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San Diego senior citizens share experience receiving COVID-19 vaccine

It's been an all-hands-on-deck operation to vaccinate seniors in care facilities for coronavirus.

SAN DIEGO — St. Paul’s Senior Services in San Diego is currently vaccinating seniors and staff in all departments. These include Assisted Living, Memory Care and Independent Living. 

“Our staff are the ones that are bringing in the virus,” said CEO Ellen Schmeding. 

Schmeding said since September, a handful of senior residents tested positive for COVID-19. She told News 8 that staff members know the risk the of exposing seniors. 

“We have extreme measures at our front door. We’re taking temperatures and we have an electronic screening systems," said Schmeding.  

She said there have been many challenges during the pandemic for the senior living community for both staff and residents; seniors coping with separation from families, limited visitors and the uncertainty of the vaccine rollout. Schemding now sees some relief.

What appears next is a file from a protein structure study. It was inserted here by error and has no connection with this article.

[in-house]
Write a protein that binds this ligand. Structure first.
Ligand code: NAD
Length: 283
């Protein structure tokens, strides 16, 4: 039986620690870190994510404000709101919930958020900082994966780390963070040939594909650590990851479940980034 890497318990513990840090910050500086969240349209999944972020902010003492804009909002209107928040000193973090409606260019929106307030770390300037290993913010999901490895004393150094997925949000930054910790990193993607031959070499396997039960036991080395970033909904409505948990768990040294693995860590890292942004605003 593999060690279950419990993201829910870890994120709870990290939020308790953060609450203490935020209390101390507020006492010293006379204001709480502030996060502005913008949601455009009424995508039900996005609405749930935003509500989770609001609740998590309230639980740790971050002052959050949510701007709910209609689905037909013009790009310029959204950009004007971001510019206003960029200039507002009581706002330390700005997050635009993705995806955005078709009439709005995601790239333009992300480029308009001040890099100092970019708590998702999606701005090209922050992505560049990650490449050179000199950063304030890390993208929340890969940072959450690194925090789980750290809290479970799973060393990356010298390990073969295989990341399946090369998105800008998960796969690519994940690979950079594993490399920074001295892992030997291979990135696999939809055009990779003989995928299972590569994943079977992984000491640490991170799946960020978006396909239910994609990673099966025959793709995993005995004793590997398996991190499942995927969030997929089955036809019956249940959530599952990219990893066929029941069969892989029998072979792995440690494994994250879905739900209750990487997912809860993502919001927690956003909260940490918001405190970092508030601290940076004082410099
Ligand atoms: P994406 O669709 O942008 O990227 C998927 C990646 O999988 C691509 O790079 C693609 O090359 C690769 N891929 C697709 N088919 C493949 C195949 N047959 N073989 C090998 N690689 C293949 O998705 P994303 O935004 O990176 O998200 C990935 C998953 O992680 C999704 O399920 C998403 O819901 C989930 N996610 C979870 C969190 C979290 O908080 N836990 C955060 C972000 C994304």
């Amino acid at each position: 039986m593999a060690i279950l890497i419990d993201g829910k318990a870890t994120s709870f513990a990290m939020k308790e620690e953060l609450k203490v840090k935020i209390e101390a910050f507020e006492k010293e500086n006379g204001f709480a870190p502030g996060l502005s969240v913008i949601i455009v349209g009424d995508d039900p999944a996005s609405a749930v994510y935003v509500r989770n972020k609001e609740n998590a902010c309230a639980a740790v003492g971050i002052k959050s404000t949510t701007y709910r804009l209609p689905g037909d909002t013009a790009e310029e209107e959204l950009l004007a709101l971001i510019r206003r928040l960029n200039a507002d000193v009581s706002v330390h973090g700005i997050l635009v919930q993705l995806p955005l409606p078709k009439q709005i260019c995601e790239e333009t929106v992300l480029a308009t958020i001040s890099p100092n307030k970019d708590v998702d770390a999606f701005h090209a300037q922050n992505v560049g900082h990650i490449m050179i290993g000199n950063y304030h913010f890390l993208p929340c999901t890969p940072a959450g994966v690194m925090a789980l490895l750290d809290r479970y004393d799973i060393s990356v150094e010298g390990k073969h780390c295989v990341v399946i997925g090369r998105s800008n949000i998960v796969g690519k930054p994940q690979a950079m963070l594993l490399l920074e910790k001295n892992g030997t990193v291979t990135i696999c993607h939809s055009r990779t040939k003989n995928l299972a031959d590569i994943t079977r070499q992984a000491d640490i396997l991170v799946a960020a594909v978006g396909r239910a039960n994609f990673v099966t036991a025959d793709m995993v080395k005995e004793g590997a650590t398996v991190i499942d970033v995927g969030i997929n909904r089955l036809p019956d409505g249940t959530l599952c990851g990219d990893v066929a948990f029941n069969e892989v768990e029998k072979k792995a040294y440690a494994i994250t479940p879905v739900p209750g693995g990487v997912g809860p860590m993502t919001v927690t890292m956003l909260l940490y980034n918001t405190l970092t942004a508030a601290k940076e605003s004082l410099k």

St. Paul’s Senior Services is registered with CVS Pharmacy and has held seven clinics as of this week.  

“We were among the first to receive the vaccine on December 30. It was challenging, but there was a feeling of celebration in the air,” said Schmeding. 

Senior resident Eldon Thompson was the first resident to get the COVID-19 vaccine at St. Paul’s first clinic on December 30. He said his experience reminds him of the Polio outbreak and proudly got the vaccine.   

“I am a child of the polio age and I was one of the first to get the shot,” said Thompson. 

Schmeding said it was a collaboration of decision making with families, staff and seniors, educating them about the vaccine and side effects.  

So far 70% of the company's staff has been vaccinated, receiving both doses. 

90% of their seniors have received the first dose. Now those 350 residents are waiting for their second shot. Safety is the number one priority at St. Paul’s and there have been a lot of adapting to health guidelines. Since COVID-19 cases have increased, visitors are not allowed indoors and social-distanced outdoor visiting stations are setup, and drive-by events. 

 “We just look for ways to keep that connection going. It’s been the most important thing,” said Schmeding. 

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